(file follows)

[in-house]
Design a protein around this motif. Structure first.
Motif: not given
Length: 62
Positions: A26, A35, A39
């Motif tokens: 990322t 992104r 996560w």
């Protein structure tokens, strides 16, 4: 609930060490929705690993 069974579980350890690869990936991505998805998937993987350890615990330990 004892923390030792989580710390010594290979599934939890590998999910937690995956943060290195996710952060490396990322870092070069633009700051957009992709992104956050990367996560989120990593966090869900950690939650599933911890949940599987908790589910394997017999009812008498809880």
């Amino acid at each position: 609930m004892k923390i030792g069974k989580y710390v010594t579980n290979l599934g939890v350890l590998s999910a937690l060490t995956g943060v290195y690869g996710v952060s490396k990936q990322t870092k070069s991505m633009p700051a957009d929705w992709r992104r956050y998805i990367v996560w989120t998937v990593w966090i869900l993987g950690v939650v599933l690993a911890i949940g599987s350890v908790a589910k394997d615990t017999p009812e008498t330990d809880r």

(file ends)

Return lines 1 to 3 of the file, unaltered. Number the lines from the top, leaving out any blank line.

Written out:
[in-house]
Design a protein around this motif. Structure first.
Motif: not given